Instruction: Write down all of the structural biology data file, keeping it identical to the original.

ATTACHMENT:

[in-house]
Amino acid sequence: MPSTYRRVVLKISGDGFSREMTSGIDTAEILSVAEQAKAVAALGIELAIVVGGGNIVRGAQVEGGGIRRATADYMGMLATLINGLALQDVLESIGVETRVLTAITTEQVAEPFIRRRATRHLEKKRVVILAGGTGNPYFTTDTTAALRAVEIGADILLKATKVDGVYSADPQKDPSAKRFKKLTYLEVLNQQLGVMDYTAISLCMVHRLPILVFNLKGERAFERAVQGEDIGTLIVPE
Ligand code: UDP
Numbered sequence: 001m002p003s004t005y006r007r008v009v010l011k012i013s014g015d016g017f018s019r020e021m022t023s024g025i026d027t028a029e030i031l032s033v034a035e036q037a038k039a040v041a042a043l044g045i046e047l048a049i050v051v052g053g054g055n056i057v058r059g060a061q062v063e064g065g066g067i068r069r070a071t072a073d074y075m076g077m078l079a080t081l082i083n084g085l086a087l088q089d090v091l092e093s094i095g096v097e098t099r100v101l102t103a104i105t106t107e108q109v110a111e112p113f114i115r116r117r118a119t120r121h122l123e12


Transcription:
[in-house]
Amino acid sequence: MPSTYRRVVLKISGDGFSREMTSGIDTAEILSVAEQAKAVAALGIELAIVVGGGNIVRGAQVEGGGIRRATADYMGMLATLINGLALQDVLESIGVETRVLTAITTEQVAEPFIRRRATRHLEKKRVVILAGGTGNPYFTTDTTAALRAVEIGADILLKATKVDGVYSADPQKDPSAKRFKKLTYLEVLNQQLGVMDYTAISLCMVHRLPILVFNLKGERAFERAVQGEDIGTLIVPE
Ligand code: UDP
Numbered sequence: 001m002p003s004t005y006r007r008v009v010l011k012i013s014g015d016g017f018s019r020e021m022t023s024g025i026d027t028a029e030i031l032s033v034a035e036q037a038k039a040v041a042a043l044g045i046e047l048a049i050v051v052g053g054g055n056i057v058r059g060a061q062v063e064g065g066g067i068r069r070a071t072a073d074y075m076g077m078l079a080t081l082i083n084g085l086a087l088q089d090v091l092e093s094i095g096v097e098t099r100v101l102t103a104i105t106t107e108q109v110a111e112p113f114i115r116r117r118a119t120r121h122l123e12